The procedure consists of extracting stem cells from peripheral blood. Stem cells are a product of the bone marrow, but in order to be extracted and to reach the peripheral blood, which is most accessible and with the largest number of cells, the patient has to be prepared with preconditioning medications.

At present five patients with onco-hematological diseases are being prepared for autologous transplantation at "St. Marina" University Hospital-Varna. The first apheresis – extraction of patient's own stem cells has already been performed, and the cells have been frozen and stored. The main aim of this process is these healthy cells to be returned to the patient's body after chemotherapy.

According to Prof. Dr. Hristina Grupcheva, vice-rector for Innovations and Translational Medicine at Medical University - Varna, it will be possible 5 to 10 patients per month to be served at the Centre, with a tendency to increase that number. "We have much higher technological capacity to carry out procedures, but on the other hand, these patients need special care and due to that there will be some limits, especially in the beginning, later on probably we will expand our activities." Prof. Grupcheva emphasized on the fact that these transplantations will be accessible for all patients, i.e. including those who cannot afford expensive treatment either in our country and / or abroad.

The research in this field and the application of these methods at the Institute for Cancer Research in Oslo, one of the four reference centres in the world, began 30 years ago. The specialists from Oslo share their experience to the full extend with their colleagues from "St. Marina", who are going to work in compliance with the same standards and follow the same obligatory operating procedures.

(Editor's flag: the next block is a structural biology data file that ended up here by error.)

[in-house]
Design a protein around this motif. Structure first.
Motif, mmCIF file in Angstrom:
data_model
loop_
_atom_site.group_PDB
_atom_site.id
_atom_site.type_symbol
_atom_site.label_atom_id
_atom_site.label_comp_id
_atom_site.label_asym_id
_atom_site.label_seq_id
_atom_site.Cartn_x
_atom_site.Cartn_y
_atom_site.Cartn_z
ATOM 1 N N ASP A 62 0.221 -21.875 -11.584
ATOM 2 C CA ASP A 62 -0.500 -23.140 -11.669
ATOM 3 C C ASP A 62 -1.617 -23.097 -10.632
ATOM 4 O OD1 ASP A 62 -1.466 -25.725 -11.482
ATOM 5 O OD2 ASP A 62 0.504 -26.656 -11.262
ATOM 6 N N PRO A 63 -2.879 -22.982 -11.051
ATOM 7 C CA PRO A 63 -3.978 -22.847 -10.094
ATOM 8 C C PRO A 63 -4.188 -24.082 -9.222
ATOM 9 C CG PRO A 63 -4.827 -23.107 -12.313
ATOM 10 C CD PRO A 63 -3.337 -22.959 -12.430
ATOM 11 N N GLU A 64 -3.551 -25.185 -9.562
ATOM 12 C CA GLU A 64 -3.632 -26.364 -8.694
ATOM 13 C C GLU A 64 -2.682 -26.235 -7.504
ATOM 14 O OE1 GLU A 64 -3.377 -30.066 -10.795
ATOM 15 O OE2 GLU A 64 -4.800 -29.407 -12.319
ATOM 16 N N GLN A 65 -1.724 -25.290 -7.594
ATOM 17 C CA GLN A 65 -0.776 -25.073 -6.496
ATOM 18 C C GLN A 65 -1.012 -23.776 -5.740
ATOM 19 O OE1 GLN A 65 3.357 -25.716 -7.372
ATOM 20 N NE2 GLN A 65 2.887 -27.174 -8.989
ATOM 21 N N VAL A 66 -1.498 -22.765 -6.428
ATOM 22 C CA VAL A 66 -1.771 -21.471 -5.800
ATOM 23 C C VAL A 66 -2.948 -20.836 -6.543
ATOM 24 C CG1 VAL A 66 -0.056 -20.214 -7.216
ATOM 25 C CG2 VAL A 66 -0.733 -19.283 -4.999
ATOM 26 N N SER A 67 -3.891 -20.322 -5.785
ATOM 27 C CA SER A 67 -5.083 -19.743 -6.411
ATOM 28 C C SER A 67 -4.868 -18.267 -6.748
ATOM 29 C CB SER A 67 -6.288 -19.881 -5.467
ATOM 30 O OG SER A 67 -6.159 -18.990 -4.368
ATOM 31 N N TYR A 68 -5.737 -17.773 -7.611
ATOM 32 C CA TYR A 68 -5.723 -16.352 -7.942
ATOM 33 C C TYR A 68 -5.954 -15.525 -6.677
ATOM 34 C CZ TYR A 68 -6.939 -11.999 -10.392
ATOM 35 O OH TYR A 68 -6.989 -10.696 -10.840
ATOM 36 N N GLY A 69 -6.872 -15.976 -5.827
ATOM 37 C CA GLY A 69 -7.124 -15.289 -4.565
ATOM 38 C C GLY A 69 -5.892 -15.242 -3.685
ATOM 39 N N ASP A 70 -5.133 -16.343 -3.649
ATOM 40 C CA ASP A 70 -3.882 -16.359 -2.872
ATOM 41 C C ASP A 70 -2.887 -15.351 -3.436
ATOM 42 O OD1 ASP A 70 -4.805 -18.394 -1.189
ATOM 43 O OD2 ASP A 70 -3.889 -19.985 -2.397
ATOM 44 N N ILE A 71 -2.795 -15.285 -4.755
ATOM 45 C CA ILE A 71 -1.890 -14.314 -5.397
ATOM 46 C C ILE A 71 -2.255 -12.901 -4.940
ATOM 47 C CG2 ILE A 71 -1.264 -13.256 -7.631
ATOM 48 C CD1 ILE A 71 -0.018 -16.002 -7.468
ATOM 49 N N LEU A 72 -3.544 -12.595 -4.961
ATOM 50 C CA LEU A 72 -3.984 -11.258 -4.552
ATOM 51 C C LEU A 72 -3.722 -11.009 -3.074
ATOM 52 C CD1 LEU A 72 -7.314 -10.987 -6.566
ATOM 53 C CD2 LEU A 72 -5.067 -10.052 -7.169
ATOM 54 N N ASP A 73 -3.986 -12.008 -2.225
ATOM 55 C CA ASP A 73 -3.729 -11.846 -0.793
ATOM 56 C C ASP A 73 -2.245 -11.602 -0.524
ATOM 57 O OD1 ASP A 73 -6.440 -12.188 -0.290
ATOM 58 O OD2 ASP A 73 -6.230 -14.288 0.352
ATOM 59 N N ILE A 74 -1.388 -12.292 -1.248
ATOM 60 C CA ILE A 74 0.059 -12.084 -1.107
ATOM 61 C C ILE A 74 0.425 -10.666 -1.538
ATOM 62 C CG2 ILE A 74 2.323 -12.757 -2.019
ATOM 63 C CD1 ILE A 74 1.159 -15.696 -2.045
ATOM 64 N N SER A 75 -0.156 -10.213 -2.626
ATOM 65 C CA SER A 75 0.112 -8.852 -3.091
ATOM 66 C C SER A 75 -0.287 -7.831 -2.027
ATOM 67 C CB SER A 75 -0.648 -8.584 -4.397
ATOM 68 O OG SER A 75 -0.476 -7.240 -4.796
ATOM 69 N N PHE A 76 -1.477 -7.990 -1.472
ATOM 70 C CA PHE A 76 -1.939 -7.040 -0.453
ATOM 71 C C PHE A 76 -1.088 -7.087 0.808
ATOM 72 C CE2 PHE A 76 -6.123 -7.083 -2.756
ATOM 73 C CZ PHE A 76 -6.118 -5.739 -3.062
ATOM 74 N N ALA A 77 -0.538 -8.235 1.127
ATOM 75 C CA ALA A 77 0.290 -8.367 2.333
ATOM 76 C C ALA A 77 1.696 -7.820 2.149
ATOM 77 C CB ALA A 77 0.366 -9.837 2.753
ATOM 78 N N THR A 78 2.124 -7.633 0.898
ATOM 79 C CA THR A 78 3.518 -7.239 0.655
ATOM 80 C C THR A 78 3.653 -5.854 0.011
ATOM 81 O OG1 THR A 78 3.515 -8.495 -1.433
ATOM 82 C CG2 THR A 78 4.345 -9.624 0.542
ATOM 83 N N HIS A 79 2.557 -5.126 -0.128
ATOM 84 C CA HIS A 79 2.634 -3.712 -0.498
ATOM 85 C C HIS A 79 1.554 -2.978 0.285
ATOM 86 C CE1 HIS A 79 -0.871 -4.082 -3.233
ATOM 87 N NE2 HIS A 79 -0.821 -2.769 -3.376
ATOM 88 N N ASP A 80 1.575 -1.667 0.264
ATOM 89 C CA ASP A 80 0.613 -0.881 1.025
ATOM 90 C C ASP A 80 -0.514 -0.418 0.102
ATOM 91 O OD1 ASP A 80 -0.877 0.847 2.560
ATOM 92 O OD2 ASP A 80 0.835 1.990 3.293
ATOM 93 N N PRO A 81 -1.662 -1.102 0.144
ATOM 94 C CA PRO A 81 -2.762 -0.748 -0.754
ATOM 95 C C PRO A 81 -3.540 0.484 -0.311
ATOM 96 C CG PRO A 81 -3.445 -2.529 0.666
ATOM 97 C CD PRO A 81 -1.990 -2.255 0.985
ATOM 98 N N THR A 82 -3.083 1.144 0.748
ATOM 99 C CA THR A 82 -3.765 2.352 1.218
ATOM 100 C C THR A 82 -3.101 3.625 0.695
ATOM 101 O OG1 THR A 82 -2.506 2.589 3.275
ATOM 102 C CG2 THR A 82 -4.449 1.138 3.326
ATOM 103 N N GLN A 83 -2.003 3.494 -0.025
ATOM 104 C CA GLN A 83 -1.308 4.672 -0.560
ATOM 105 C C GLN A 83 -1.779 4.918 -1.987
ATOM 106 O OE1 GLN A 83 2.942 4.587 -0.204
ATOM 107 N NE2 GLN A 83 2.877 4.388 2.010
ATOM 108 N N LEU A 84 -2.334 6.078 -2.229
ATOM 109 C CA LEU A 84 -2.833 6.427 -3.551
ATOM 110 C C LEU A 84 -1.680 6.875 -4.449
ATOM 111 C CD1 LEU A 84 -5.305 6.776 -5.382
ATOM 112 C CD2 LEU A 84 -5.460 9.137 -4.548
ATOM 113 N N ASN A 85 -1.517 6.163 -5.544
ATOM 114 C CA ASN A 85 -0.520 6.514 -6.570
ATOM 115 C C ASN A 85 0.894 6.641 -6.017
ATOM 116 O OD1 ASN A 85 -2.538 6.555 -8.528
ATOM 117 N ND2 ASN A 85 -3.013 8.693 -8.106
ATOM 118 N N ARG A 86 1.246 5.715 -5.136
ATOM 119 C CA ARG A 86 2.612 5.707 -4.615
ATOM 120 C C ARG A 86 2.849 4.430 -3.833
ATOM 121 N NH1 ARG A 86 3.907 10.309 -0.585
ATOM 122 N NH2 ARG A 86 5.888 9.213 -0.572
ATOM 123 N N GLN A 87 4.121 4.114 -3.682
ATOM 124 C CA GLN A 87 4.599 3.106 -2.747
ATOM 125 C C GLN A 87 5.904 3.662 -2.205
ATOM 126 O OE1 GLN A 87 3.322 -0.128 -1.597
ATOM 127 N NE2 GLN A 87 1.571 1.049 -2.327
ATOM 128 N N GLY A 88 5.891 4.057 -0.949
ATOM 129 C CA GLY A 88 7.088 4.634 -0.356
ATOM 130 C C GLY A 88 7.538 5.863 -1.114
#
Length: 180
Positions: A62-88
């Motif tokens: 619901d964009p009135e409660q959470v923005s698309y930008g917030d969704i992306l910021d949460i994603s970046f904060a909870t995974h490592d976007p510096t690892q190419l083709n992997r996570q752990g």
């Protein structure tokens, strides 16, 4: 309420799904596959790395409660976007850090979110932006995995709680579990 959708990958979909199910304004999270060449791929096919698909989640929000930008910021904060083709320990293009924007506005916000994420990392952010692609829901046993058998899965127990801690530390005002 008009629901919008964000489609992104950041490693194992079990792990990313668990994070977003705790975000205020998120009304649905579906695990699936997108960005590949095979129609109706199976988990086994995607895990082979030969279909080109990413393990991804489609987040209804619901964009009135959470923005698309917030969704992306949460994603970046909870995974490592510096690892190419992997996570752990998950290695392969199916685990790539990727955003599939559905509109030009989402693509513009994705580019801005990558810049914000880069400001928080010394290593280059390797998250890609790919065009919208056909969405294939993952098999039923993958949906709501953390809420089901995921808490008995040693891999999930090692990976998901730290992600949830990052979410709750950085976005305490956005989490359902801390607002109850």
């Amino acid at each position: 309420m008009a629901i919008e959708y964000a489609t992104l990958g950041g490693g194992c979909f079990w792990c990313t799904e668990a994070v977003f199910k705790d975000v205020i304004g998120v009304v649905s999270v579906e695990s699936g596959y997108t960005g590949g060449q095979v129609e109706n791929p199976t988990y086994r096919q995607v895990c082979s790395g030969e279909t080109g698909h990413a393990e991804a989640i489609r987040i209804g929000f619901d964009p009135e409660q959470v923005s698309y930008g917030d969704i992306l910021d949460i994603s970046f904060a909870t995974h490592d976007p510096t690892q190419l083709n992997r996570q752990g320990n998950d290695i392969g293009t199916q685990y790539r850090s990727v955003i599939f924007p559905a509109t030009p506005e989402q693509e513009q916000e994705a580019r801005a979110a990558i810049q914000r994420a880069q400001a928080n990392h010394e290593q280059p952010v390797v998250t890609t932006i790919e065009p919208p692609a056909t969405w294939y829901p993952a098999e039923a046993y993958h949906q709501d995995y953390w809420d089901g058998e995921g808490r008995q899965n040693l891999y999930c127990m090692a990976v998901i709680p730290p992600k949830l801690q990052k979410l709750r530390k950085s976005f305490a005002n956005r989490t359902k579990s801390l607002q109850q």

"There is fixed percentage of live stem cells, below which we cannot perform transplantations. This quality assessment of the biological tissue, in this case - stem cells must be observed absolutely strictly in order to avoid negative results", explained the specialists. If a patient, who has undergone heavy chemotherapy and radiotherapy, is subjected to stem cell transplantation but not at the right moment when it is necessary, he/she is doomed to failure, and even death. Therefore, these standard operating procedures must be observed absolutely precisely.

Besides the familiar surgical technique, radiotherapy is another method for treatment of oncological diseases. Regarding the work at the Centre for Radiotherapy at "St. Marina" University Hospital, Dr. Marc Wygoda said that the achievements of the hospital in Varna were at an extremely high level.

"St. Marina" has been gaining reputation as one of the leading European medical centres over the last years thanks to the continuous introduction of innovations and the most advanced technologies", concluded Prof. Grupcheva. "For six months we have succeeded in developing a methodology, accrediting the Centre for Translational Medicine and Cellular Therapy and accomplishing the first autologous transplantations." According to the guests, the laboratory has real potential for the implementation of allotransplantation in the future, i.e. with material from a donor, but at the time being the team intends to focus on the performance of autologous transplantation.